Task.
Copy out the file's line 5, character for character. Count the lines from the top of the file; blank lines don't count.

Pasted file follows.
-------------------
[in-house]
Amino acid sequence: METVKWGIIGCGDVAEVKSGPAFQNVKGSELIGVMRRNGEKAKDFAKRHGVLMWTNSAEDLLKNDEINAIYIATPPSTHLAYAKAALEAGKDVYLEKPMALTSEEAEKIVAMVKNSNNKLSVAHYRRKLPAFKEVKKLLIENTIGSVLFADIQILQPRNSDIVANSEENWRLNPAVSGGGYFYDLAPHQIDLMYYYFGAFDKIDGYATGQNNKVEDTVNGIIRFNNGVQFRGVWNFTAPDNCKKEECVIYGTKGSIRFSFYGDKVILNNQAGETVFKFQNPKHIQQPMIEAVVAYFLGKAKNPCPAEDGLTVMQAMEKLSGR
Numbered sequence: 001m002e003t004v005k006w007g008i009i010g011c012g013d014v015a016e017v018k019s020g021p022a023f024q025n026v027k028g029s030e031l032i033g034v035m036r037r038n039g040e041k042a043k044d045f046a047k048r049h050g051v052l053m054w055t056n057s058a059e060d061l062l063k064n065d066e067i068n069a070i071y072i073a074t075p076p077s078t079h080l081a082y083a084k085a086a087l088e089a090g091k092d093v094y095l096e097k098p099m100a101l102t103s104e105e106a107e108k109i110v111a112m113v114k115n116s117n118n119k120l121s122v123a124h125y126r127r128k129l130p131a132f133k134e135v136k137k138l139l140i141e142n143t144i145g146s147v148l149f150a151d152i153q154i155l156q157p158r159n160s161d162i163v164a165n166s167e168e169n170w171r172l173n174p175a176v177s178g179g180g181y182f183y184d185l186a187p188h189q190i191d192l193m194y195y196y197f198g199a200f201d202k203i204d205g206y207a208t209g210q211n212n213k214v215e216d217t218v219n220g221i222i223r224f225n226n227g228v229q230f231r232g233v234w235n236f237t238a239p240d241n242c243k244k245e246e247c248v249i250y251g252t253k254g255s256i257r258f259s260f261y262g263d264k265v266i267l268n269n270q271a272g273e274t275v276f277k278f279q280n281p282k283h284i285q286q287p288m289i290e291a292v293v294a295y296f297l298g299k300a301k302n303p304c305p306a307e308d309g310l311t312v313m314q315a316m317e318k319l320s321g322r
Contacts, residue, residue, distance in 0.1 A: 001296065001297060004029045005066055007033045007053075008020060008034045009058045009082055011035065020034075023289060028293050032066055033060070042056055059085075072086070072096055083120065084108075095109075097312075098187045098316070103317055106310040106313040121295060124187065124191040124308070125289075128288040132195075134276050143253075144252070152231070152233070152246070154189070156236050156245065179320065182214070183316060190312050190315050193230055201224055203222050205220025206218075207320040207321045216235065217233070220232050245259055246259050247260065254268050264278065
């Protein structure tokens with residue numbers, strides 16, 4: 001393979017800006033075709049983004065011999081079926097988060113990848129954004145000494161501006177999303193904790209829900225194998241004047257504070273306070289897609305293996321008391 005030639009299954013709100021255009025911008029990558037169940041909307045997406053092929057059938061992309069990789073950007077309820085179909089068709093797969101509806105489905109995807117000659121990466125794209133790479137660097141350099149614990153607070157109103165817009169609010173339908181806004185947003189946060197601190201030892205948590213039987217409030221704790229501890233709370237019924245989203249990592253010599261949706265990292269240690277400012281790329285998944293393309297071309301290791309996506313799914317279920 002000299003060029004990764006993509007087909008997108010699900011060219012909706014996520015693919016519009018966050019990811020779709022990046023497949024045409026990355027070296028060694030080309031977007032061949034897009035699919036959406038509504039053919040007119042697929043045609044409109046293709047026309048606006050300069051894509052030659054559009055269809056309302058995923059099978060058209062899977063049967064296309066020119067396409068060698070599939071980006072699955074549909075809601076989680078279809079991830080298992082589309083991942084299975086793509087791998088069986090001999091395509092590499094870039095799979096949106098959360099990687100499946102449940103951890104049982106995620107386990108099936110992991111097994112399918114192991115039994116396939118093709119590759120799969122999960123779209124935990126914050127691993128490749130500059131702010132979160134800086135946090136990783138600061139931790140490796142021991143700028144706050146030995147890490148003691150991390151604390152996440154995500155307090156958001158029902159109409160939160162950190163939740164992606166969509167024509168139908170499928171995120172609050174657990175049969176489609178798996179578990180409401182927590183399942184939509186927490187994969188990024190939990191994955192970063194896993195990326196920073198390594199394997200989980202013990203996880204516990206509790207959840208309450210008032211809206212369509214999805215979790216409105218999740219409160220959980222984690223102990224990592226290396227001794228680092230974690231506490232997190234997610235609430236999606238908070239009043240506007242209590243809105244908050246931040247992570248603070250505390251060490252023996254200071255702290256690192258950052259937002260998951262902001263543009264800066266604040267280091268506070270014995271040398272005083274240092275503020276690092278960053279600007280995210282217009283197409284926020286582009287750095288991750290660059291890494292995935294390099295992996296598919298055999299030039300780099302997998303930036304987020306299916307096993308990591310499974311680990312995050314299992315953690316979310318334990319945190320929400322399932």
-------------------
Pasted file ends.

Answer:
């Protein structure tokens with residue numbers, strides 16, 4: 001393979017800006033075709049983004065011999081079926097988060113990848129954004145000494161501006177999303193904790209829900225194998241004047257504070273306070289897609305293996321008391 005030639009299954013709100021255009025911008029990558037169940041909307045997406053092929057059938061992309069990789073950007077309820085179909089068709093797969101509806105489905109995807117000659121990466125794209133790479137660097141350099149614990153607070157109103165817009169609010173339908181806004185947003189946060197601190201030892205948590213039987217409030221704790229501890233709370237019924245989203249990592253010599261949706265990292269240690277400012281790329285998944293393309297071309301290791309996506313799914317279920 002000299003060029004990764006993509007087909008997108010699900011060219012909706014996520015693919016519009018966050019990811020779709022990046023497949024045409026990355027070296028060694030080309031977007032061949034897009035699919036959406038509504039053919040007119042697929043045609044409109046293709047026309048606006050300069051894509052030659054559009055269809056309302058995923059099978060058209062899977063049967064296309066020119067396409068060698070599939071980006072699955074549909075809601076989680078279809079991830080298992082589309083991942084299975086793509087791998088069986090001999091395509092590499094870039095799979096949106098959360099990687100499946102449940103951890104049982106995620107386990108099936110992991111097994112399918114192991115039994116396939118093709119590759120799969122999960123779209124935990126914050127691993128490749130500059131702010132979160134800086135946090136990783138600061139931790140490796142021991143700028144706050146030995147890490148003691150991390151604390152996440154995500155307090156958001158029902159109409160939160162950190163939740164992606166969509167024509168139908170499928171995120172609050174657990175049969176489609178798996179578990180409401182927590183399942184939509186927490187994969188990024190939990191994955192970063194896993195990326196920073198390594199394997200989980202013990203996880204516990206509790207959840208309450210008032211809206212369509214999805215979790216409105218999740219409160220959980222984690223102990224990592226290396227001794228680092230974690231506490232997190234997610235609430236999606238908070239009043240506007242209590243809105244908050246931040247992570248603070250505390251060490252023996254200071255702290256690192258950052259937002260998951262902001263543009264800066266604040267280091268506070270014995271040398272005083274240092275503020276690092278960053279600007280995210282217009283197409284926020286582009287750095288991750290660059291890494292995935294390099295992996296598919298055999299030039300780099302997998303930036304987020306299916307096993308990591310499974311680990312995050314299992315953690316979310318334990319945190320929400322399932």